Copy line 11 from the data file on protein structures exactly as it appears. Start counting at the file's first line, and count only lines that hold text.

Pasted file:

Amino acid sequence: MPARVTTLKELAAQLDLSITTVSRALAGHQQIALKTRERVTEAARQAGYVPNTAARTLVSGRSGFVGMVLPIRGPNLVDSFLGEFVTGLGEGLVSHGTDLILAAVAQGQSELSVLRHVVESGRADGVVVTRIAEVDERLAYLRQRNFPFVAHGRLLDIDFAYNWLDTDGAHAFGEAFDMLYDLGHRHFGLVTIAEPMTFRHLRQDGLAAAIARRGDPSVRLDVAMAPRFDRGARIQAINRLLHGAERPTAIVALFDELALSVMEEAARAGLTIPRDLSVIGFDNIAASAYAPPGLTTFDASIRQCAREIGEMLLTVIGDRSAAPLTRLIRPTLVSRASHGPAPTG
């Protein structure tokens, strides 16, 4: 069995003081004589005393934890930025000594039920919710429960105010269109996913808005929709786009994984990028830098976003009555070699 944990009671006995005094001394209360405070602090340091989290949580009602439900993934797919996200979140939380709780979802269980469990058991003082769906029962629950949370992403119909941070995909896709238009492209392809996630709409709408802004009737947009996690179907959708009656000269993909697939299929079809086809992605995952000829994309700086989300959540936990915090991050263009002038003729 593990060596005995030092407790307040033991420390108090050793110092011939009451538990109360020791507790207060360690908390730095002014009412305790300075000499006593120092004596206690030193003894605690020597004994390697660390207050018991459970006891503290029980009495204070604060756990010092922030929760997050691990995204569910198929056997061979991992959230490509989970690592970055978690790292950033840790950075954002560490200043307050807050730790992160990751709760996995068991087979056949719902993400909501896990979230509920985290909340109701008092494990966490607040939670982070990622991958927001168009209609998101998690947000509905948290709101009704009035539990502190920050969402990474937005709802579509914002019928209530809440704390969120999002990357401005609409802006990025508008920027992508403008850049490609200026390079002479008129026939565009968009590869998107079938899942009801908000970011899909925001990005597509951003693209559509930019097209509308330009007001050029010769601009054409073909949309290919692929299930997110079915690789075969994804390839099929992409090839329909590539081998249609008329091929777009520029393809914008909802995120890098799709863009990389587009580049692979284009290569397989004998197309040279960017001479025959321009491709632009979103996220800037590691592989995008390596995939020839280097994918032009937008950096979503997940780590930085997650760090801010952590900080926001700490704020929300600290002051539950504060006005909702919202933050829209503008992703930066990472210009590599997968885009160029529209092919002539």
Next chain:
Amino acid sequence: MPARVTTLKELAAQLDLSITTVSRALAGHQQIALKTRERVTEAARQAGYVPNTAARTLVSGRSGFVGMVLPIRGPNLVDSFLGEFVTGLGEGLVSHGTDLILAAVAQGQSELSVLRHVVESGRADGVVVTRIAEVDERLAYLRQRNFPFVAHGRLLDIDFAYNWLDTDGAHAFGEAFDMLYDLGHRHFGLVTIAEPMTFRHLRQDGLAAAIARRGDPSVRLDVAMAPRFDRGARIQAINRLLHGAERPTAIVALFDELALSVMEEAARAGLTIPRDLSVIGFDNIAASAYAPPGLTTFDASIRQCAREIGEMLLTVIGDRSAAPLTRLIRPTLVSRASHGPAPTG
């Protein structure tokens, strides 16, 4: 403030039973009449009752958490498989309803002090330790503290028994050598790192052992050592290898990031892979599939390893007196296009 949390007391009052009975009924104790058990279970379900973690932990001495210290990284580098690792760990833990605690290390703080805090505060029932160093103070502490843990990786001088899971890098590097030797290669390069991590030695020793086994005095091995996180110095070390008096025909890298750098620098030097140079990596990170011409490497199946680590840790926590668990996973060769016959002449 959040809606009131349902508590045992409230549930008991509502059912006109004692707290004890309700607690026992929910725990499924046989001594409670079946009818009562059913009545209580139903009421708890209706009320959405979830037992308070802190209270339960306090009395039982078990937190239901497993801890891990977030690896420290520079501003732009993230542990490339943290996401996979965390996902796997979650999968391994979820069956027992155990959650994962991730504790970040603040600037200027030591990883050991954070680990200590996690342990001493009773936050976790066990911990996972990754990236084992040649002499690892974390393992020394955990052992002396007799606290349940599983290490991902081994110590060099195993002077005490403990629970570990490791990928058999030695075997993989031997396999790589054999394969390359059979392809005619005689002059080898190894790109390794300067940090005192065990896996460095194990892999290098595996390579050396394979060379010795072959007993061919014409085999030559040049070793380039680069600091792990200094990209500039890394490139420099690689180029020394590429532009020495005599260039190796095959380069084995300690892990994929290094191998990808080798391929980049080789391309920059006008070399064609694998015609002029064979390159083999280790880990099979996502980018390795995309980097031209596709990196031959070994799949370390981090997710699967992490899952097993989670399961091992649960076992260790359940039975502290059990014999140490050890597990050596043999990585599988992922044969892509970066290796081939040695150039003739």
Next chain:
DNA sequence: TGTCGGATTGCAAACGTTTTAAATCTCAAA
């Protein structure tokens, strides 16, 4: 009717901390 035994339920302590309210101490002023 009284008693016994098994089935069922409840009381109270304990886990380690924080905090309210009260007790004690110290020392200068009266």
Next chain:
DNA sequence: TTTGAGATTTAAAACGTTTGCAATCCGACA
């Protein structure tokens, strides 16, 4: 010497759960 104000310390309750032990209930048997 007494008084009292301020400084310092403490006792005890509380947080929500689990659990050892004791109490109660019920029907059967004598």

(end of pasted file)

């Protein structure tokens, strides 16, 4: 010497759960 104000310390309750032990209930048997 007494008084009292301020400084310092403490006792005890509380947080929500689990659990050892004791109490109660019920029907059967004598």